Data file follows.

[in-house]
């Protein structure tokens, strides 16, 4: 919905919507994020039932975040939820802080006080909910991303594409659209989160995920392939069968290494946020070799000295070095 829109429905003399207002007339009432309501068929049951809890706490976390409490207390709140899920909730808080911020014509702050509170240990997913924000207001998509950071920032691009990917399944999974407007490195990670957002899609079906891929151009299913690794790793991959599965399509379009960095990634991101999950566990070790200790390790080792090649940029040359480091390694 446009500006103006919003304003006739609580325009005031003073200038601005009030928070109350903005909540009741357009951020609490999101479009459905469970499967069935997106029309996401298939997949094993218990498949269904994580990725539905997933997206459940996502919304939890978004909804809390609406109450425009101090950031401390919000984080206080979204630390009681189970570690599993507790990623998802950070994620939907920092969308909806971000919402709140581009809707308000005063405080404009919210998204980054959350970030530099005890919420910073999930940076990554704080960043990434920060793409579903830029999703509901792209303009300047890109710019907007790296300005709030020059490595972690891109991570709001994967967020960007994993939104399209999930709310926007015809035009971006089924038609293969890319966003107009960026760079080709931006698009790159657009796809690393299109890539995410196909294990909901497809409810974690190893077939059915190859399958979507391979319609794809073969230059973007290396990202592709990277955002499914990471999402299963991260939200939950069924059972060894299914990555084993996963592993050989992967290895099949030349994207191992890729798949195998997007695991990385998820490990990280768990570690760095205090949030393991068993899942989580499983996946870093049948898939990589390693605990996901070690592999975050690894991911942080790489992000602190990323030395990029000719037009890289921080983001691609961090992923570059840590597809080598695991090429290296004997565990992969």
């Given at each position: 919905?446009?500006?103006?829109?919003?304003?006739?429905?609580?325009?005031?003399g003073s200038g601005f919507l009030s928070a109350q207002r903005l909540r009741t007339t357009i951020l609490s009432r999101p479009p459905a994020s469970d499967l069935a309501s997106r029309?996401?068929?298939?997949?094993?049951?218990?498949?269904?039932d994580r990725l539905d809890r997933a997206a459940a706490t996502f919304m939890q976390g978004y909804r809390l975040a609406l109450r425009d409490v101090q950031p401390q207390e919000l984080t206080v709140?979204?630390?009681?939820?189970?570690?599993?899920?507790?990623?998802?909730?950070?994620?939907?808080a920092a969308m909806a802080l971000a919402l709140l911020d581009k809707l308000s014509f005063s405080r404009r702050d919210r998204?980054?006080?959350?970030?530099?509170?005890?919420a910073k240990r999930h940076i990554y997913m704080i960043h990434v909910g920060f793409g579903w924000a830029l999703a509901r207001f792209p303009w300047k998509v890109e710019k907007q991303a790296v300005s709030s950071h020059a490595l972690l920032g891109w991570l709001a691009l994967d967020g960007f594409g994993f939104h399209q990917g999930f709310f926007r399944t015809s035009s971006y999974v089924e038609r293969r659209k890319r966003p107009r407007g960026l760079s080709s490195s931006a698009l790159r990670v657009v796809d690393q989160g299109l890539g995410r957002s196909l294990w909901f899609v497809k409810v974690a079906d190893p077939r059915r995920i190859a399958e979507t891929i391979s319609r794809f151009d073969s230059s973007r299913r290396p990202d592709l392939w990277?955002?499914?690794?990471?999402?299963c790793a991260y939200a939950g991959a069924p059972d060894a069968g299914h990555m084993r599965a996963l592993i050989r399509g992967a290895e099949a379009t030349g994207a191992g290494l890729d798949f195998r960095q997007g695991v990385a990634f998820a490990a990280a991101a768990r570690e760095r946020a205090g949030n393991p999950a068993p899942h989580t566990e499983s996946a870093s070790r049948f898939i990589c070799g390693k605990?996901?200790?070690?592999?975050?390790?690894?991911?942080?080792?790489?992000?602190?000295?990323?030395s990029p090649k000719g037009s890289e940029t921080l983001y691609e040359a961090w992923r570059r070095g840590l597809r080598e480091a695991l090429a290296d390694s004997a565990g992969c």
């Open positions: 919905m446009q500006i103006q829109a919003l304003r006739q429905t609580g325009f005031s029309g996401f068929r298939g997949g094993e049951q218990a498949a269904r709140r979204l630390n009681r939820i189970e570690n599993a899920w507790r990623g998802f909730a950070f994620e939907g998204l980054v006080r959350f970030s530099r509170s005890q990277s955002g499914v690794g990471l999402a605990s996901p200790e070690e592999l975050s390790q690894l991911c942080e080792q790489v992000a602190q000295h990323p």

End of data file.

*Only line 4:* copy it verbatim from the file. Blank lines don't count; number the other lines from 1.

């Open positions: 919905m446009q500006i103006q829109a919003l304003r006739q429905t609580g325009f005031s029309g996401f068929r298939g997949g094993e049951q218990a498949a269904r709140r979204l630390n009681r939820i189970e570690n599993a899920w507790r990623g998802f909730a950070f994620e939907g998204l980054v006080r959350f970030s530099r509170s005890q990277s955002g499914v690794g990471l999402a605990s996901p200790e070690e592999l975050s390790q690894l991911c942080e080792q790489v992000a602190q000295h990323p």